"I want you to be all you can, because that is the only way I can be all I am. When you diminish and oppress me, you diminish and oppress yourself."
~ Bishop Tutu
Ubuntu has been engrained in our culture since the mid 19th century, and in essence values human-ness or humanity. Its philosophy is based on the belief that we are all interconnected and belong to a greater whole.
My success depends on you being successful. I can not shine, if you do not shine. Its very spirit drives us to view the world through a collective filter, rather than an individual one. Encouraging us to see plenty, instead of scarcity and to include, rather than exclude.
'Ubuntu' in Social Entrepreneurship
Social and impact entrepreneurship share these same values.
It’s about addressing the social challenges in order to create a brighter future for all. It’s about using business principles to create social and economic value that can be shared by all.
But, that said, do we always embrace Ubuntu in our interactions between us?
For instance, I rarely hear of a successful and impactful enterprise that hasn’t experienced and learned from their failures, hiccups and challenges along the way. This learning is invaluable. And yet social entrepreneurs (and also social purpose organisations who are taking steps to generate more income), always seem to start their journey from square one, and often alone and isolated from others.
While social entrepreneurs are indeed pioneers in our society, the reality is that there are many others who have walked or are walking a similar path. So what better way to develop our collective learning then to exchange experiences and lessons learned with other entrepreneurs? What better way to ignite our Ubuntu spirit than by creating opportunities for peer learning?
What is peer learning?
The best person to solve a problem, is often the very person experiencing the problem.
With support and help of others in posing the right questions, we can challenge our own thinking and assumptions, frame problems differently, and have the space and time to reflect on potential solutions that were previously eluding us.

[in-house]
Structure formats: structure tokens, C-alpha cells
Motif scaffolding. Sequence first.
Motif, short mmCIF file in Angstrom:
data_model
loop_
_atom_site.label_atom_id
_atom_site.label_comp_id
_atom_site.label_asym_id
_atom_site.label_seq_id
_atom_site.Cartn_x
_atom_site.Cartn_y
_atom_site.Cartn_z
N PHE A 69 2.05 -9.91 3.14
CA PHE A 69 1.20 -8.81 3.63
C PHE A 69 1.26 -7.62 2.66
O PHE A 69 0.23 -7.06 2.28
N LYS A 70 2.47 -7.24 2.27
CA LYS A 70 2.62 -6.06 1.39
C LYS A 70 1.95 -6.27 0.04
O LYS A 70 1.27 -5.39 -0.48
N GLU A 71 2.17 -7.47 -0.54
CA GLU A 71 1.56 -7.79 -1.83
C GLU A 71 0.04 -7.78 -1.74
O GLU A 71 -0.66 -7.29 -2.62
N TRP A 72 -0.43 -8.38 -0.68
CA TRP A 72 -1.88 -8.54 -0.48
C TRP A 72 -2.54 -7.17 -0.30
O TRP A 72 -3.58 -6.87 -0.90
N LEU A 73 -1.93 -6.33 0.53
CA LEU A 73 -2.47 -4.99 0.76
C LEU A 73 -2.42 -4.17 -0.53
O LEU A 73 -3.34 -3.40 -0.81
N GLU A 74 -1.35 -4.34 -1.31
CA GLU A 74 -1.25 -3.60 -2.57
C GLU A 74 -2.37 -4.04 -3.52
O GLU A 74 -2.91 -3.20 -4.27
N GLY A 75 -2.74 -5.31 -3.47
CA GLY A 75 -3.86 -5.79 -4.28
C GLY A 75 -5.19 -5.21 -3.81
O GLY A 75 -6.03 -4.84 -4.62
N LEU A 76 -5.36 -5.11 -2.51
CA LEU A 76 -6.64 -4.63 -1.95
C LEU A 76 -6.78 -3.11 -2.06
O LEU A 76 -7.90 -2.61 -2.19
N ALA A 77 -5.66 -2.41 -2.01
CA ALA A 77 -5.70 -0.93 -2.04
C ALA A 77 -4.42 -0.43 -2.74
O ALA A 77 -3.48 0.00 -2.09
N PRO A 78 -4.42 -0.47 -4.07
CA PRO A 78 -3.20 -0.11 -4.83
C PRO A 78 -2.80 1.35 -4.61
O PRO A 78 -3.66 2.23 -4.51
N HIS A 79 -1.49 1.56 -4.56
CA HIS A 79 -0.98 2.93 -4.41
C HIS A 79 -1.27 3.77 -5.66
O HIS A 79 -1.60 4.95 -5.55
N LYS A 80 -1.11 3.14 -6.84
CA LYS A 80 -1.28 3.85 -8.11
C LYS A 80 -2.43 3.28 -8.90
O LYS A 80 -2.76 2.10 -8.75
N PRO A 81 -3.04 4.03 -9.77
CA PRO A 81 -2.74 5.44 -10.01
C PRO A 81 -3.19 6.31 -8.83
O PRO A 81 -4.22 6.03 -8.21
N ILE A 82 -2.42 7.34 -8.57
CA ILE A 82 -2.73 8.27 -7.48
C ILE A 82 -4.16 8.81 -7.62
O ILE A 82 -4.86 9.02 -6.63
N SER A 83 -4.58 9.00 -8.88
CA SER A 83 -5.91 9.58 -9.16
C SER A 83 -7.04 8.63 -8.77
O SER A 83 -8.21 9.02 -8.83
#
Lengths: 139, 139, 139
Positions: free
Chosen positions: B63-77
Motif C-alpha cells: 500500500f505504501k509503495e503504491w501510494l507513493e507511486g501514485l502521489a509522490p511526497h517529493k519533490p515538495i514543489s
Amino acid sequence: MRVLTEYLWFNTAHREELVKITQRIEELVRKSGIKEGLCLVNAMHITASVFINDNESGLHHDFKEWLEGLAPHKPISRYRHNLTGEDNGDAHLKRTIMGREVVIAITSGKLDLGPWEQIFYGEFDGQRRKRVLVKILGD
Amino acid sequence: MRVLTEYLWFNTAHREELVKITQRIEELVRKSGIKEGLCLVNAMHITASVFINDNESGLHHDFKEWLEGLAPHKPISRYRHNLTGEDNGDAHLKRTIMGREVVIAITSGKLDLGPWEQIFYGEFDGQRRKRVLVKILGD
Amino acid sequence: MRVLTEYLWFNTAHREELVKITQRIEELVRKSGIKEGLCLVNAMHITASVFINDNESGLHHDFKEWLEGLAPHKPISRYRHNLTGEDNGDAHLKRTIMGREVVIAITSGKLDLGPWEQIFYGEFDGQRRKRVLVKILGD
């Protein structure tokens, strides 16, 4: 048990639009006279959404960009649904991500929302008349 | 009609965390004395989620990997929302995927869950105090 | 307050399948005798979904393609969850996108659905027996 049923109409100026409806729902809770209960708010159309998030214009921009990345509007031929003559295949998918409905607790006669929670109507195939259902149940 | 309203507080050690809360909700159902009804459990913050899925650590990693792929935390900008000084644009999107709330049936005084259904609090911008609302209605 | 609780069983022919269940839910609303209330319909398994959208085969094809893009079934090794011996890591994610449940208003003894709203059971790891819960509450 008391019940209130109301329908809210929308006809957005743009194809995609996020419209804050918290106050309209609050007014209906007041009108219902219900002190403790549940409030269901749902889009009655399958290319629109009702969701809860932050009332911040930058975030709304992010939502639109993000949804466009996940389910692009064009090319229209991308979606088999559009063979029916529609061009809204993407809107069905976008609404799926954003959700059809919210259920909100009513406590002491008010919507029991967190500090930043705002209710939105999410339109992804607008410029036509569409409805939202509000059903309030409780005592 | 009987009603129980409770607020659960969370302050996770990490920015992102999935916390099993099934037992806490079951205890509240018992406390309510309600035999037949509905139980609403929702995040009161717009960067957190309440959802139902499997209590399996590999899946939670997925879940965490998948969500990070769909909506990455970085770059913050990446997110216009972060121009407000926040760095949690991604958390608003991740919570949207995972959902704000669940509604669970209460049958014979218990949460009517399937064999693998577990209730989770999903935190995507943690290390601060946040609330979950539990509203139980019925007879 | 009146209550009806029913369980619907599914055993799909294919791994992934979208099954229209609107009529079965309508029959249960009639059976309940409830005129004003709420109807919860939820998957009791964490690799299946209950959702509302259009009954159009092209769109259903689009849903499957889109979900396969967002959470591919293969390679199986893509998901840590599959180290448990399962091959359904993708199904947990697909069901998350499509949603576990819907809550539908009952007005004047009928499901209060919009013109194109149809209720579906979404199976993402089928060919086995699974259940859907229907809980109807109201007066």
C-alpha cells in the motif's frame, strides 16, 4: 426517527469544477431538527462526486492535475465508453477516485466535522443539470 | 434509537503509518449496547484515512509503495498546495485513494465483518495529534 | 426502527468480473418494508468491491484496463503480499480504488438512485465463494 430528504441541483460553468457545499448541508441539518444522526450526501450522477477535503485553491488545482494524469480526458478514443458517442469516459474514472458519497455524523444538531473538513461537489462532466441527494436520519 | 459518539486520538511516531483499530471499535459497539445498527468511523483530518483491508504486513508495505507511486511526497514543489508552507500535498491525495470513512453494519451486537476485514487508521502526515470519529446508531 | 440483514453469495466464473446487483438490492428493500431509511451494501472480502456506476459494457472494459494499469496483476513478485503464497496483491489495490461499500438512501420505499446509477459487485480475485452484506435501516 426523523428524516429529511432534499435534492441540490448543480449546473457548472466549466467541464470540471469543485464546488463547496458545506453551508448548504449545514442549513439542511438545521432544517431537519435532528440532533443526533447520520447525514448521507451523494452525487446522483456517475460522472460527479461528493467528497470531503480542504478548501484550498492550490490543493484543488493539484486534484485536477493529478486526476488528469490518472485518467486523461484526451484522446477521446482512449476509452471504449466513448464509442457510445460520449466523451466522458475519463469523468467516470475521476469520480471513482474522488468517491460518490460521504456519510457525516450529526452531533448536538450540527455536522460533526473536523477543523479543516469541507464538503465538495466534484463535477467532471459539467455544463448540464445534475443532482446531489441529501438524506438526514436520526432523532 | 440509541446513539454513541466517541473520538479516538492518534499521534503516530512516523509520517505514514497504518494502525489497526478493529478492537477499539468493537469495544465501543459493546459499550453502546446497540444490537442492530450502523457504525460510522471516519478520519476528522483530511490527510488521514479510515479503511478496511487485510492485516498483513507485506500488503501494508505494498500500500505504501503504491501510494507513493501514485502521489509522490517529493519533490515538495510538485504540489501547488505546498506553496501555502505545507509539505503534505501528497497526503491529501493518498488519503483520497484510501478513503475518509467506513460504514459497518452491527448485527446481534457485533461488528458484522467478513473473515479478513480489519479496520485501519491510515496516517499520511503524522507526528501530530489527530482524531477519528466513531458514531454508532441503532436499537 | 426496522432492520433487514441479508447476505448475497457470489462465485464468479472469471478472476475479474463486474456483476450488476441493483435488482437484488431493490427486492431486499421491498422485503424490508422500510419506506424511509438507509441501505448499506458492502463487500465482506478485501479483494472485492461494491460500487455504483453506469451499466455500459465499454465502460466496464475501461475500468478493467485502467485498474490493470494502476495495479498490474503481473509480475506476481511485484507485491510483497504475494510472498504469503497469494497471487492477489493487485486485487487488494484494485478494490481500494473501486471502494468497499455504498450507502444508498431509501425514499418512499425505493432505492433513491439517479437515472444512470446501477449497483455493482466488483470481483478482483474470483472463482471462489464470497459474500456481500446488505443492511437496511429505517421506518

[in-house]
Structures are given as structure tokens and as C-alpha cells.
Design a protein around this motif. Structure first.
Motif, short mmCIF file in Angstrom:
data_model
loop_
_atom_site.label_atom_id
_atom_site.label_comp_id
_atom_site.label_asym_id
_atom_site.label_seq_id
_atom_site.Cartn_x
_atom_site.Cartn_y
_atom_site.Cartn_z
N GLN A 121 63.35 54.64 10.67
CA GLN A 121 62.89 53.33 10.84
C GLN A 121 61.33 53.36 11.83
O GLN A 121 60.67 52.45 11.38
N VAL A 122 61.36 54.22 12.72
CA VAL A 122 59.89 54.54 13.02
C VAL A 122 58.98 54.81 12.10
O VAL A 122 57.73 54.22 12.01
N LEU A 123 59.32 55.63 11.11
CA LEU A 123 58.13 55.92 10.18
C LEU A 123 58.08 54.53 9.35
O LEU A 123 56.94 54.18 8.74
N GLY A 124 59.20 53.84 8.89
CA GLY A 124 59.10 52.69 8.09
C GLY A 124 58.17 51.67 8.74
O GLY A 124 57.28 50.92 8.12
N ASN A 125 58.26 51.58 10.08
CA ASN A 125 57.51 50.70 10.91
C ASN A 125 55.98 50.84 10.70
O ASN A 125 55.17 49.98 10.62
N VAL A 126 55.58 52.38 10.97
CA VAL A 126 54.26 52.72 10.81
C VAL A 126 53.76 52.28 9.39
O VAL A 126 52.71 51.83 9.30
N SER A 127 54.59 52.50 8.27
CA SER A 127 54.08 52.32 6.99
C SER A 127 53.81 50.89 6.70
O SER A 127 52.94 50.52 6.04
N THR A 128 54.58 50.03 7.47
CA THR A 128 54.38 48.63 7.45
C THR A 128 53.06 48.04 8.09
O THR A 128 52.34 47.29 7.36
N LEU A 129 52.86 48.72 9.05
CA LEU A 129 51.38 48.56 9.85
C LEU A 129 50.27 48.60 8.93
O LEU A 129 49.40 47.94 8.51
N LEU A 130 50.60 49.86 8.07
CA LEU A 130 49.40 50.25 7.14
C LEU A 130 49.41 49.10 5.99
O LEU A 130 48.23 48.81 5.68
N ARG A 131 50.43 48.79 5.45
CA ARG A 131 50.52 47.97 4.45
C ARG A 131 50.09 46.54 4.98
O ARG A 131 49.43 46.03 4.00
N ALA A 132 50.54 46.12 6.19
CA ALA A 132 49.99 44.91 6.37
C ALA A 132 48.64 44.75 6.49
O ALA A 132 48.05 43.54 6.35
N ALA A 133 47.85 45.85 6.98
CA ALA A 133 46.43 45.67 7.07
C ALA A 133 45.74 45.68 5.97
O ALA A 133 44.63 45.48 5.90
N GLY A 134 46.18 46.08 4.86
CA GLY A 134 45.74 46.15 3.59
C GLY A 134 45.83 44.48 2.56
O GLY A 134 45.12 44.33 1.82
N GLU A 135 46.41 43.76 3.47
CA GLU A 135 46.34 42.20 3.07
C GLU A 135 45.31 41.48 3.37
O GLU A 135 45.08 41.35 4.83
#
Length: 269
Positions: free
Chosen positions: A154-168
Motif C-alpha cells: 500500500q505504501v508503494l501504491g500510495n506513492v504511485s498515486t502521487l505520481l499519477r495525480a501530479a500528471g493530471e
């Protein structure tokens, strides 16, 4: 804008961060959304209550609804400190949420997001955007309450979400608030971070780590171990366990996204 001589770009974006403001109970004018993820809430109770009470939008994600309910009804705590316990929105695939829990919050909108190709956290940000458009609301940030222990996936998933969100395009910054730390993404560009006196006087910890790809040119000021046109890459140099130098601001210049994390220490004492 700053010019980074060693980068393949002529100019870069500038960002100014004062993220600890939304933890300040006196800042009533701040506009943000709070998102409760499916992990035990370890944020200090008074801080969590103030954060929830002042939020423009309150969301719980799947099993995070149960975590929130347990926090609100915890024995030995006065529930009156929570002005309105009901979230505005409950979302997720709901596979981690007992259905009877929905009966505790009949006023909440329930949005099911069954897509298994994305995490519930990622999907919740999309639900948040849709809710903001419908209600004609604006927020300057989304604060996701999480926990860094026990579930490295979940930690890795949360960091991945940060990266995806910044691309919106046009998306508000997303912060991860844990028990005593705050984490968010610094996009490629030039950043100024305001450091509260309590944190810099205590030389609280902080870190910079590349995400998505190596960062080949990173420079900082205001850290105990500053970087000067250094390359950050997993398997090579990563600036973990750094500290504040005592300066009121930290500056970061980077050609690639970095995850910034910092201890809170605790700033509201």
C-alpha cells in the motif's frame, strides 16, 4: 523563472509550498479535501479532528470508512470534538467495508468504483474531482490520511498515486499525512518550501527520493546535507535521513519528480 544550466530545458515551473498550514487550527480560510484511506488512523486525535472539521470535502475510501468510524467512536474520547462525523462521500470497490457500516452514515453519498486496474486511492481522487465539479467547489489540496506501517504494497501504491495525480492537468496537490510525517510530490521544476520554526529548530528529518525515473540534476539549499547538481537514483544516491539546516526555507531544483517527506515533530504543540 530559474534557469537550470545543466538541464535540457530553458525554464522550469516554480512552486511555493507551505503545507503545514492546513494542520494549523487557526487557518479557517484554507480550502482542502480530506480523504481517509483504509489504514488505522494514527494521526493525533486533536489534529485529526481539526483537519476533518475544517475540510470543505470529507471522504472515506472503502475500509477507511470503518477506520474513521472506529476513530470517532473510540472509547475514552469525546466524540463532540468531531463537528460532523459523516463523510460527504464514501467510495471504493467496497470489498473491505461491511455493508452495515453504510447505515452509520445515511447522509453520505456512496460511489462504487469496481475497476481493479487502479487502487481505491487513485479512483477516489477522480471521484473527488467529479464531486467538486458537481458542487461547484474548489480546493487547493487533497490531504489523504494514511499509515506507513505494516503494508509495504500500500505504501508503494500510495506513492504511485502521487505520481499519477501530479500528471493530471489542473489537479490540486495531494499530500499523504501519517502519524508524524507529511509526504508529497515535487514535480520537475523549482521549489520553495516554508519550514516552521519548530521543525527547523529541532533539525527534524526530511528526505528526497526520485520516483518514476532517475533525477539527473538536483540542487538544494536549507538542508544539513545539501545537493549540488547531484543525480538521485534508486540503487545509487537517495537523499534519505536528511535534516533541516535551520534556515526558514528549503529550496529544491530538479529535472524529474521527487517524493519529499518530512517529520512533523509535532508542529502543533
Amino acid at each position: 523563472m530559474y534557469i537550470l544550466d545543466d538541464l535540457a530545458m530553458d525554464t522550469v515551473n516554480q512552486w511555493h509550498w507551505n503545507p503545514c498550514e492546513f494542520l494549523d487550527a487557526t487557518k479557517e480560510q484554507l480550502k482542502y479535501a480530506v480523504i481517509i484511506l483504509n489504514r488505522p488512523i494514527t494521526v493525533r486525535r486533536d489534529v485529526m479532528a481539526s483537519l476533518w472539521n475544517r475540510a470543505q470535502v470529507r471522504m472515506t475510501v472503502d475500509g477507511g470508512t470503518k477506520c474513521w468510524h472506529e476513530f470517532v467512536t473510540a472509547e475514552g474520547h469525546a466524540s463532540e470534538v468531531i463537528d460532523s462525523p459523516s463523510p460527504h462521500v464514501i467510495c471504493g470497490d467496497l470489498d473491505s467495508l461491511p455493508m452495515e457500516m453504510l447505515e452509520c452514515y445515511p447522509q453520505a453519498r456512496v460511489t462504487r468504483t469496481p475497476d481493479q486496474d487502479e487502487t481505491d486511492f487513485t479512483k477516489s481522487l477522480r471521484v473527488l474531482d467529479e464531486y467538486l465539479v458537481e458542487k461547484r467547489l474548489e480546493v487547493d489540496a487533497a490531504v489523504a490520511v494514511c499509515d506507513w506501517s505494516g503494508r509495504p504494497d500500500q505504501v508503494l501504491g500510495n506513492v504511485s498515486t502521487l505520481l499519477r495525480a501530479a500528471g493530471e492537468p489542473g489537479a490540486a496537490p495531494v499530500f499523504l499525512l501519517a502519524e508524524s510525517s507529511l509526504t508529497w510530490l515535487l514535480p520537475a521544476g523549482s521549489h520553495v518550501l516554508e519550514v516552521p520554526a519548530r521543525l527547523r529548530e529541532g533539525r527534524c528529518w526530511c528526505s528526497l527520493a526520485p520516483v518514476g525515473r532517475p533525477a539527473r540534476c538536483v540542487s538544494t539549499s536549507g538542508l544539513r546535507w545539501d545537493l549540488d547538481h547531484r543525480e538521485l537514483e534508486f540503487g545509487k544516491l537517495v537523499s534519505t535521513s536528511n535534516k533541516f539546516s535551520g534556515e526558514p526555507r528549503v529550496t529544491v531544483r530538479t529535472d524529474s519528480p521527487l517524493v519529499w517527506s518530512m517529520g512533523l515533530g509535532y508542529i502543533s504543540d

More importantly, it creates connections between us that keeps the doors open to more collaboration and sharing of best practice. It reminds us that we are not alone, and as social and impact entrepreneurs, we’re all in this together, creating something really powerful that is truly driving social change.
So how can you kickstart your Ubuntu spirit in your role? Here are a few suggestions:
1. Find (or create) opportunities for peer learning
Encourage an environment of shared learning in your organisation and create opportunities for team members to share their skills and/or reflections on a project. Or find opportunities to collaborate with others from other organisations who are in similar positions.
2. Adopt a coaching approach
Next time someone comes to you with a problem they are struggling with, take a coaching approach. Rather than giving advice and telling them what to do, take the time to pose helpful critical questions that will enable them to challenge assumptions and see the problem differently. That way you will have supported someone to come to their own conclusions.
3. Be generous in your partnership working
When assessing opportunities to collaborate, be mindful of having debates in your head about what power or agenda you're prepared to give up or concede. Rather, get creative and passionate about what your organisation can contribute, about what connections you have that will benefit the partnership and make it thrive.
Do you do something similar in your organisation? Share your thoughts below...